This afternoon, U.S. District Court Judge Richard Martinez had his first hearing on the ACLU’s lawsuit on behalf of Seattle’s homeless to try to stop the so-called “sweeps” of unsanctioned homeless encampments. It didn’t go well for the ACLU.
Today President Trump signed an executive order which, as promised, proposes to withhold federal funding from so-called “sanctuary cities.” And Mayor Murray, along with some Council members, stood their ground.
Back in November I wrote a summary of what the city could lose in federal funding, but at the time is was difficult to tell whether Trump would really follow through, and if so how he would structure such an order. Now that he’s clarified that, it’s time to examine exactly what his executive order, and the local and federal laws, say.
Today a class-action lawsuit was filed in U.S. District Court by the ACLU on behalf of Seattle’s homeless, against the City of Seattle and the Washington State Department of Transportation (WSDOT). The suit charges that the city and WSDOT’s “sweeps” of homeless encampments violate the constitutional rights of the encampments’ residents by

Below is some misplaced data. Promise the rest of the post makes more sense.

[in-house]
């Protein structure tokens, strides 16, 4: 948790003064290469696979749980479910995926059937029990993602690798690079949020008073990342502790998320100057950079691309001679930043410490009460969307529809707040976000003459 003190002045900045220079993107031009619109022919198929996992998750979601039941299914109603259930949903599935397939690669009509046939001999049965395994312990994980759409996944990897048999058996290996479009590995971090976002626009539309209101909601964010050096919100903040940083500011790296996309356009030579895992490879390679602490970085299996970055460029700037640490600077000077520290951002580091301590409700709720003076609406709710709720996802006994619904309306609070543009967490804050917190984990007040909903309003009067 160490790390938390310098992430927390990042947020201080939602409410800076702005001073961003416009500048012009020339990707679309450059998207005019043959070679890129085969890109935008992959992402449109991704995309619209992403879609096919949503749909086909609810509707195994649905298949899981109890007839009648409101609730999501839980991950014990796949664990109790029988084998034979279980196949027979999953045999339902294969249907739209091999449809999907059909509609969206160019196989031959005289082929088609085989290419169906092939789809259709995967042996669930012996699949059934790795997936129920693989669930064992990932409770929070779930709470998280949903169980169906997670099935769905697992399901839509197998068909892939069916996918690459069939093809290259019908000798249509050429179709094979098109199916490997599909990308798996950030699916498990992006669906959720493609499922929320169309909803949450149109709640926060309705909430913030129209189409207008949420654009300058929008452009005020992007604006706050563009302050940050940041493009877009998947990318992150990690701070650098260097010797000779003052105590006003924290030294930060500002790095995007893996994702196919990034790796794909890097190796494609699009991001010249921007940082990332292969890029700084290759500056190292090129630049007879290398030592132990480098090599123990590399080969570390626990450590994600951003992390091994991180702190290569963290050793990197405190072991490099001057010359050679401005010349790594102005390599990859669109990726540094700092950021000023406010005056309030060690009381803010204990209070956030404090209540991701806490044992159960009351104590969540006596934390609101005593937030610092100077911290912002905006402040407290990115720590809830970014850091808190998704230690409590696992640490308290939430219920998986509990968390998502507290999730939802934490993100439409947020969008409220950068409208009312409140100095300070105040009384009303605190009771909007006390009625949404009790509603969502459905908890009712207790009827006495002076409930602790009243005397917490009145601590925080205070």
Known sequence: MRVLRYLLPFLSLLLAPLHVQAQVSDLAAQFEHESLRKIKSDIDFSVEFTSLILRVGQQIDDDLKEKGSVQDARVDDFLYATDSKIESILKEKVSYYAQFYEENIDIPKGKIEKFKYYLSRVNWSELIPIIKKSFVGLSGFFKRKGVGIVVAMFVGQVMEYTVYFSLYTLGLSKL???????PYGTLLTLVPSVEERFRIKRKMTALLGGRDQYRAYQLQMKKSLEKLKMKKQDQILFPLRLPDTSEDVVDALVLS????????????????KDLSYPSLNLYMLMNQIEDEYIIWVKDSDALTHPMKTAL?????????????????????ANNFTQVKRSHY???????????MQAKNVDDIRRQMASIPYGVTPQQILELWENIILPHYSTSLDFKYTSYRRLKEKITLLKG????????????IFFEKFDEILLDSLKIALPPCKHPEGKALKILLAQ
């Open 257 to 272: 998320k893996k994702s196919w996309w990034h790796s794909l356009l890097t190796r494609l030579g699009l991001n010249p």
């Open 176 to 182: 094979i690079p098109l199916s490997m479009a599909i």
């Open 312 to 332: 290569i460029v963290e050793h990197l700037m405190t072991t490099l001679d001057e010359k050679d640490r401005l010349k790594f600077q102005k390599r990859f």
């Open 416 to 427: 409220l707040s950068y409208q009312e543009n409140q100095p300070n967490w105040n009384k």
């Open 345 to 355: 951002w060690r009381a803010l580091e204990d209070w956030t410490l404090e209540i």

seizing and destroying the property of people who are living outside without adequate and effective notice, an opportunity to be heard, or a meaningful way to reclaim any property that was not destroyed.
Everyone knew it was coming: today Uber filed a lawsuit against the City of Seattle to stop the collective bargaining process for its drivers from moving forward. But they’ve chosen a strange legal maneuver to do it.
Lots happening this morning. Let’s get to it.
The Council held its first hearing this morning on a new ordinance, authored by Council member Kshama Sawant, to restrict slumlords from raising rents for non-compliant housing units. But the details are a little tricky, so it’s worth diving into the details.
The Chamber of Commerce lawsuit still tops the news this morning. Continue reading News roundup: Chamber of Commerce lawsuit
Three big topics in the news this morning: the corrected vote on the Pronto bikeshare system, the Chamber of Commerce’s lawsuit against the city over allowing Uber drivers to unionize, and the Mayor’s proposal for the housing levy.